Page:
• A missense mutation is considered conservative if the replaced amino acid has similar functions to the original.
  • An insertion mutation occurs when an extra base pair is added to DNA, while a deletion mutation occurs when a base pair is deleted from a DNA sequence
  • Insertion and deletion mutations that change all codons within the DNA strand as each base pair is moved forward or backward are called frameshift mutations.
  • A nonsense mutation occurs when the substitution of a single base pair creates a stop codon instead of a codon that produces an amino acid.

References

  1. Editors, B. B., By:, & Editors, B. (2019, October 05). Point Mutation: Definition, Types, Examples.

Frequently Asked Questions about Point Mutations

A point mutation occurs when one specific nucleotide base pair is added, deleted, or changed within a genome. 

A point mutation is the substitution of one base pair resulting in a change in only one codon in a DNA sequence, while a frameshift mutation occurs when a base pair is added or deleted causing a shift in the DNA sequence.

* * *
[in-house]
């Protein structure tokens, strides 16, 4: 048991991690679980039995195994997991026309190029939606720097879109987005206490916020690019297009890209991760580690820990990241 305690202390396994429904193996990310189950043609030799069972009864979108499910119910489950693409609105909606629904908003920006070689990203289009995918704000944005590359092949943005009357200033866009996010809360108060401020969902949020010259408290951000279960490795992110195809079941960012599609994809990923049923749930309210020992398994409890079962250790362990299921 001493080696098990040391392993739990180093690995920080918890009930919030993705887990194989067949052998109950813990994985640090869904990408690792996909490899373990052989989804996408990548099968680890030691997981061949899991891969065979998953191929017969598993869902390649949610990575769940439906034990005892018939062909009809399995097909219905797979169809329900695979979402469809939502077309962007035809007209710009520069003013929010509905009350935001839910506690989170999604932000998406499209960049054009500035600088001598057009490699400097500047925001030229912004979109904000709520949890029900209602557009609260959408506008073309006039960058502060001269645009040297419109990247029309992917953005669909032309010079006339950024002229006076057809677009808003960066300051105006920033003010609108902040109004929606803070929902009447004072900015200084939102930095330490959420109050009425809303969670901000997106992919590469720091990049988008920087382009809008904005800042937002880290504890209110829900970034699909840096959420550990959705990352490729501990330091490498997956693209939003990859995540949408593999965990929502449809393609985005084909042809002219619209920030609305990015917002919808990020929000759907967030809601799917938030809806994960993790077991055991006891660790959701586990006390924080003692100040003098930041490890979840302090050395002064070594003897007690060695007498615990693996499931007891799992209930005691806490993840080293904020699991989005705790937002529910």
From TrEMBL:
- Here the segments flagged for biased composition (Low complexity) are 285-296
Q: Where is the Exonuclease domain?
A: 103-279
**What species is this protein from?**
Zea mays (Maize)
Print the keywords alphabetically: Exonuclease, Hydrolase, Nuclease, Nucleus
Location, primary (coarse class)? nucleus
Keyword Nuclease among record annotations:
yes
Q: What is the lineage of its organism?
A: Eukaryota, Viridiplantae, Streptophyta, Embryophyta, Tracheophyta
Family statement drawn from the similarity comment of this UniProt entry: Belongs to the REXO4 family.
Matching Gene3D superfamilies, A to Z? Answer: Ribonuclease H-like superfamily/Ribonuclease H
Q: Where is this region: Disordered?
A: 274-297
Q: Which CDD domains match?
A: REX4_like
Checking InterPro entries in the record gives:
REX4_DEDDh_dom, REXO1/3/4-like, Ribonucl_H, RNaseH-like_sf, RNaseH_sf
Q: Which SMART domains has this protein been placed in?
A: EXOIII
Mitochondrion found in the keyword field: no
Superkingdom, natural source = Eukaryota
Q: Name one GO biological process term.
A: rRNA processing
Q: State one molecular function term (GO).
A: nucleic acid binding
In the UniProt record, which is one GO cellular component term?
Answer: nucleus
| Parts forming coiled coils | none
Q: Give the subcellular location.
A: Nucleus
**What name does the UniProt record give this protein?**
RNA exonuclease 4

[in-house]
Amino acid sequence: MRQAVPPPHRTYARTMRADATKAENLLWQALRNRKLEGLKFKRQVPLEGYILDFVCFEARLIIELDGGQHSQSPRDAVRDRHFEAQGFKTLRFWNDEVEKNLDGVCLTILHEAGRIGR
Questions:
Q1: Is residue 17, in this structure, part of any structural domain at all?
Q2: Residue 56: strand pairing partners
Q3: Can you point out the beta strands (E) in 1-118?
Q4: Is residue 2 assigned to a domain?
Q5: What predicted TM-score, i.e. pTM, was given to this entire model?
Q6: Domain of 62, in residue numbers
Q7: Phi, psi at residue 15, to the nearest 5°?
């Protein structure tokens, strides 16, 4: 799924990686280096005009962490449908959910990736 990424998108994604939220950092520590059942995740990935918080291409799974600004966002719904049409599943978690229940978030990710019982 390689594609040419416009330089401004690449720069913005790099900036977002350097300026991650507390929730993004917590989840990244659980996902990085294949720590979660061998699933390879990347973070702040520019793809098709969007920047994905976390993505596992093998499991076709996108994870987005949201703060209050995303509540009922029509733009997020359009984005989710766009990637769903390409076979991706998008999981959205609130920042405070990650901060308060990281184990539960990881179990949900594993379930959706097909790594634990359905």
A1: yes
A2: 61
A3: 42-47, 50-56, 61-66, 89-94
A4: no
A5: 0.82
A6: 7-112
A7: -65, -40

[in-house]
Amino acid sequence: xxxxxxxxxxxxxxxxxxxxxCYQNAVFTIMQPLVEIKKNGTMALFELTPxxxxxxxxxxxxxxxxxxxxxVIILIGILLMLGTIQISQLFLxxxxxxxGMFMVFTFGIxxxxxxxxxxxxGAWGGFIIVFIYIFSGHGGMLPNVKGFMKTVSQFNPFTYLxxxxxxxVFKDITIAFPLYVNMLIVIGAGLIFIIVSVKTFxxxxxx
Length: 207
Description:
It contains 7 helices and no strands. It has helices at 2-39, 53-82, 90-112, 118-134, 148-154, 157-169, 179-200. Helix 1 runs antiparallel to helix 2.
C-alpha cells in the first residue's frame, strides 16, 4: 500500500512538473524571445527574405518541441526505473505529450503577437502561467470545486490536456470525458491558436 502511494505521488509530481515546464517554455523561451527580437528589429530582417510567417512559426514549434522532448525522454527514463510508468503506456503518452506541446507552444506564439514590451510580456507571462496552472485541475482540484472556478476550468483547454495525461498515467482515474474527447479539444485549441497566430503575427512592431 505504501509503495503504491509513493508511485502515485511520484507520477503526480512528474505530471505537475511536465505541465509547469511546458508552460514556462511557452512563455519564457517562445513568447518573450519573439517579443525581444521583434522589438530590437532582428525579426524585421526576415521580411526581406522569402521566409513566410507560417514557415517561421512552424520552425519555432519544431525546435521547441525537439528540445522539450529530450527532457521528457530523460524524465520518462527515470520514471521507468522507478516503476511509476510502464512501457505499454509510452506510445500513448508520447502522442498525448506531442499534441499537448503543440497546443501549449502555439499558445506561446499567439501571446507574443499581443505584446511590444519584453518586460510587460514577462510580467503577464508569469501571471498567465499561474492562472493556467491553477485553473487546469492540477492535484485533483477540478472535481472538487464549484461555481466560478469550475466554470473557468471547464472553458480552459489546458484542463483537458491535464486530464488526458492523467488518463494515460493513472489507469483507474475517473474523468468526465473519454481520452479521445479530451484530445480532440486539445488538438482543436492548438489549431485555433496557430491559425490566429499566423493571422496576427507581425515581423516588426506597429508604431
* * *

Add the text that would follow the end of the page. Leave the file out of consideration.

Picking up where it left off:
Nonsense mutations, missense mutations, and silent mutations. 

nonsense mutations, missense mutations, silent mutations, and insertion/deletion mutations. 

A mutation occurs when a portion of DNA is changed and results in the production of a different codon which can alter the protein that is formed. 

Final Point Mutations Quiz

Question

____ occurs when one base pair is added, deleted, or changed within a DNA strand. Select the best answer.

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Answer

Point Mutation 

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Question

Point mutations in which cells can result in cancer?

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Answer

Somatic cells

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Question

Somatic cells make up the majority of cells within the body. 

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Answer

True 

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Mutations in germ cells do not affect offspring. 

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Answer

False 

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Question